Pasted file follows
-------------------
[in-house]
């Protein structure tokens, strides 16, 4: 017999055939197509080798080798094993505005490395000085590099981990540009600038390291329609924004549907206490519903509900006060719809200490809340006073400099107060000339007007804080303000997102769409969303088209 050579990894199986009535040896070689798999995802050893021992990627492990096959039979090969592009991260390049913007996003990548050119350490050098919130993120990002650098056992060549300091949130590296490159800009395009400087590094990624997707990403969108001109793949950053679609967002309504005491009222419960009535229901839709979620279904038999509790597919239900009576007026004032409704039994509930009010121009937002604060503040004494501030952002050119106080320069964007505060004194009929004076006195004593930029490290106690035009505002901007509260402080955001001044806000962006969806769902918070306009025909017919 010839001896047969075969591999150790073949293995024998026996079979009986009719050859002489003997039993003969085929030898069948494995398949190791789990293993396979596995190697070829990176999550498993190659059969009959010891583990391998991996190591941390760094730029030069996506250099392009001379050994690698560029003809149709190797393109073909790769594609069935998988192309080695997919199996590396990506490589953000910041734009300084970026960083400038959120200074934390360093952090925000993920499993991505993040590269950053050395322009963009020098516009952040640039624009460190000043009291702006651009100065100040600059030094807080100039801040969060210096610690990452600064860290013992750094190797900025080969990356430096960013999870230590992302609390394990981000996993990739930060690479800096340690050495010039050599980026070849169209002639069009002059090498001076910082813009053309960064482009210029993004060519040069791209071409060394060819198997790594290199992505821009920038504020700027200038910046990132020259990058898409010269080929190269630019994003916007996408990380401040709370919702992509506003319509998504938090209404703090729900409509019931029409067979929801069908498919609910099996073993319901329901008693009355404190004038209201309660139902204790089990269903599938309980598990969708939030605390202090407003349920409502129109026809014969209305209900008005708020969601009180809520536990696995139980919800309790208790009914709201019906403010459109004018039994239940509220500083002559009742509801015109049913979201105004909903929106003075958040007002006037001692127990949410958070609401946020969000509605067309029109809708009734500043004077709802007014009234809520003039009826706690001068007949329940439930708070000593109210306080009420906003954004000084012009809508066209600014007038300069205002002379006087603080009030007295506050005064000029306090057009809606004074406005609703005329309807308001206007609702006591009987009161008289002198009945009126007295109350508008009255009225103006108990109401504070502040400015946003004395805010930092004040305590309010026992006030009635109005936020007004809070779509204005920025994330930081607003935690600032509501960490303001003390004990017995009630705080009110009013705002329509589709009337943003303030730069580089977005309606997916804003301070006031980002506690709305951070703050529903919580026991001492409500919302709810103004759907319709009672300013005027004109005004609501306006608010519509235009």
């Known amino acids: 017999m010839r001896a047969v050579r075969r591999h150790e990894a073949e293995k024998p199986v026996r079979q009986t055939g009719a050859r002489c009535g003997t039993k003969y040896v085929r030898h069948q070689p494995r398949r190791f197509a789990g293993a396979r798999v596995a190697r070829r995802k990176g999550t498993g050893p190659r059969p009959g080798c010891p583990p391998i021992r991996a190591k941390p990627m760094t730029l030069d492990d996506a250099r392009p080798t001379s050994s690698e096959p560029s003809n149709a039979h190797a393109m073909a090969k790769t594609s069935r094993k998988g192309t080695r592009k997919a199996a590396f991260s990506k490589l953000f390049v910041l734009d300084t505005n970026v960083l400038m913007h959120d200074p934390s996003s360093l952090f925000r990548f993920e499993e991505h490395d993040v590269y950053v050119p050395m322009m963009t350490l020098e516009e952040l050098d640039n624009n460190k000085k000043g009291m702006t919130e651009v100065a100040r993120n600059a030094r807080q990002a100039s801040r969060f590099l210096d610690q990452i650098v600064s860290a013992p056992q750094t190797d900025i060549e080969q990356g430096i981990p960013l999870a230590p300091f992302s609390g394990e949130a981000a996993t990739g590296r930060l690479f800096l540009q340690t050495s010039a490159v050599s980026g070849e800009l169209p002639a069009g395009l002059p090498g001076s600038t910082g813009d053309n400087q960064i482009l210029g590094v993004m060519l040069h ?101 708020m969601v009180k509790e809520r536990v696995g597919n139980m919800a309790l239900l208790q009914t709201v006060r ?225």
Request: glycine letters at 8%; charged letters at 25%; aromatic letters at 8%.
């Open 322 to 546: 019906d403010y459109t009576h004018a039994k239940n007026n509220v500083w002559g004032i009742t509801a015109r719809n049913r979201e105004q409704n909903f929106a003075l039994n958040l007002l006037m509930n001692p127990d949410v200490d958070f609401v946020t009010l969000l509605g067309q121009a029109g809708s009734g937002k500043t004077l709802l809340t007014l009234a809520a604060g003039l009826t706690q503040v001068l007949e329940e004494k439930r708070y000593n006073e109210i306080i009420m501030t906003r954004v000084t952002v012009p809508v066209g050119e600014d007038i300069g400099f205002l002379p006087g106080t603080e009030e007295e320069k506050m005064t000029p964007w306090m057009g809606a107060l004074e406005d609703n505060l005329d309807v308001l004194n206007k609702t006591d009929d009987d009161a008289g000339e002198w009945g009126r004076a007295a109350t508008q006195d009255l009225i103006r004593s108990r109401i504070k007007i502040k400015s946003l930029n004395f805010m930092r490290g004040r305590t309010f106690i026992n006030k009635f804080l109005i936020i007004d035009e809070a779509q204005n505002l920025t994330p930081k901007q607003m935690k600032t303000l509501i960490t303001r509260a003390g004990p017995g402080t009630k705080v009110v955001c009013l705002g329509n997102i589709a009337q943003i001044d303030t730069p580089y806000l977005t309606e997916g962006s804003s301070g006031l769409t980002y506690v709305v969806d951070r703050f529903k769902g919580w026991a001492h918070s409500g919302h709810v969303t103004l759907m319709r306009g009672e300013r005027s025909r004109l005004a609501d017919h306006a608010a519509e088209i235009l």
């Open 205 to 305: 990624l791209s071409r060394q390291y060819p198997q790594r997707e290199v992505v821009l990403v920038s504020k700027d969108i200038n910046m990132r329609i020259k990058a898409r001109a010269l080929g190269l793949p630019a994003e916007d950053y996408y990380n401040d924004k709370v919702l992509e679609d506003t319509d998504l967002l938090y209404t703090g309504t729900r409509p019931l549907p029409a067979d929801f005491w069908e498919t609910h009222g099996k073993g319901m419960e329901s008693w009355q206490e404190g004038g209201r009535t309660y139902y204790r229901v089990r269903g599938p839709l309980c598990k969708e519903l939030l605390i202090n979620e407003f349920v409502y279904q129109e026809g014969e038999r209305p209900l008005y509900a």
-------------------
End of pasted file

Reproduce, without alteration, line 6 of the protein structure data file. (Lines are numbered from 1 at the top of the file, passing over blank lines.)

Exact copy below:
């Open 205 to 305: 990624l791209s071409r060394q390291y060819p198997q790594r997707e290199v992505v821009l990403v920038s504020k700027d969108i200038n910046m990132r329609i020259k990058a898409r001109a010269l080929g190269l793949p630019a994003e916007d950053y996408y990380n401040d924004k709370v919702l992509e679609d506003t319509d998504l967002l938090y209404t703090g309504t729900r409509p019931l549907p029409a067979d929801f005491w069908e498919t609910h009222g099996k073993g319901m419960e329901s008693w009355q206490e404190g004038g209201r009535t309660y139902y204790r229901v089990r269903g599938p839709l309980c598990k969708e519903l939030l605390i202090n979620e407003f349920v409502y279904q129109e026809g014969e038999r209305p209900l008005y509900a």